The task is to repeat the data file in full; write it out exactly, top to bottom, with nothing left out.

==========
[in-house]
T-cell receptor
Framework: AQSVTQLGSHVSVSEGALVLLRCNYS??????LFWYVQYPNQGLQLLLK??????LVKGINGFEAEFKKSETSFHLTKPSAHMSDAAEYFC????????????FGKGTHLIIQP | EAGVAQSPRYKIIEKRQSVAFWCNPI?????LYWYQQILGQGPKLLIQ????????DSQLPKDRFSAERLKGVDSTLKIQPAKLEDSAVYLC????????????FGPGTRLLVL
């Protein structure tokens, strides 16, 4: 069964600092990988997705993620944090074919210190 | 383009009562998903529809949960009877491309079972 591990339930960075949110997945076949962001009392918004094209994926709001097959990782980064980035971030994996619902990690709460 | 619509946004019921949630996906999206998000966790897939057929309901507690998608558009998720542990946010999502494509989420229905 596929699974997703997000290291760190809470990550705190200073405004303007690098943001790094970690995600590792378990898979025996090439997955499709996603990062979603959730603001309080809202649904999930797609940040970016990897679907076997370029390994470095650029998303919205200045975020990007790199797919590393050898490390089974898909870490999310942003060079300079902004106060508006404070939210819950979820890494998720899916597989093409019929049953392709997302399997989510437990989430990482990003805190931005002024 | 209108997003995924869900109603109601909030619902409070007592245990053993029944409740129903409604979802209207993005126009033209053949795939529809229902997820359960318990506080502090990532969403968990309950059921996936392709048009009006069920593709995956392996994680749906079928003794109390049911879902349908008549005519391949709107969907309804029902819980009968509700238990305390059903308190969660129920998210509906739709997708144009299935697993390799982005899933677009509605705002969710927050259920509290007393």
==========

[in-house]
T-cell receptor
Framework: AQSVTQLGSHVSVSEGALVLLRCNYS??????LFWYVQYPNQGLQLLLK??????LVKGINGFEAEFKKSETSFHLTKPSAHMSDAAEYFC????????????FGKGTHLIIQP | EAGVAQSPRYKIIEKRQSVAFWCNPI?????LYWYQQILGQGPKLLIQ????????DSQLPKDRFSAERLKGVDSTLKIQPAKLEDSAVYLC????????????FGPGTRLLVL
């Protein structure tokens, strides 16, 4: 069964600092990988997705993620944090074919210190 | 383009009562998903529809949960009877491309079972 591990339930960075949110997945076949962001009392918004094209994926709001097959990782980064980035971030994996619902990690709460 | 619509946004019921949630996906999206998000966790897939057929309901507690998608558009998720542990946010999502494509989420229905 596929699974997703997000290291760190809470990550705190200073405004303007690098943001790094970690995600590792378990898979025996090439997955499709996603990062979603959730603001309080809202649904999930797609940040970016990897679907076997370029390994470095650029998303919205200045975020990007790199797919590393050898490390089974898909870490999310942003060079300079902004106060508006404070939210819950979820890494998720899916597989093409019929049953392709997302399997989510437990989430990482990003805190931005002024 | 209108997003995924869900109603109601909030619902409070007592245990053993029944409740129903409604979802209207993005126009033209053949795939529809229902997820359960318990506080502090990532969403968990309950059921996936392709048009009006069920593709995956392996994680749906079928003794109390049911879902349908008549005519391949709107969907309804029902819980009968509700238990305390059903308190969660129920998210509906739709997708144009299935697993390799982005899933677009509605705002969710927050259920509290007393």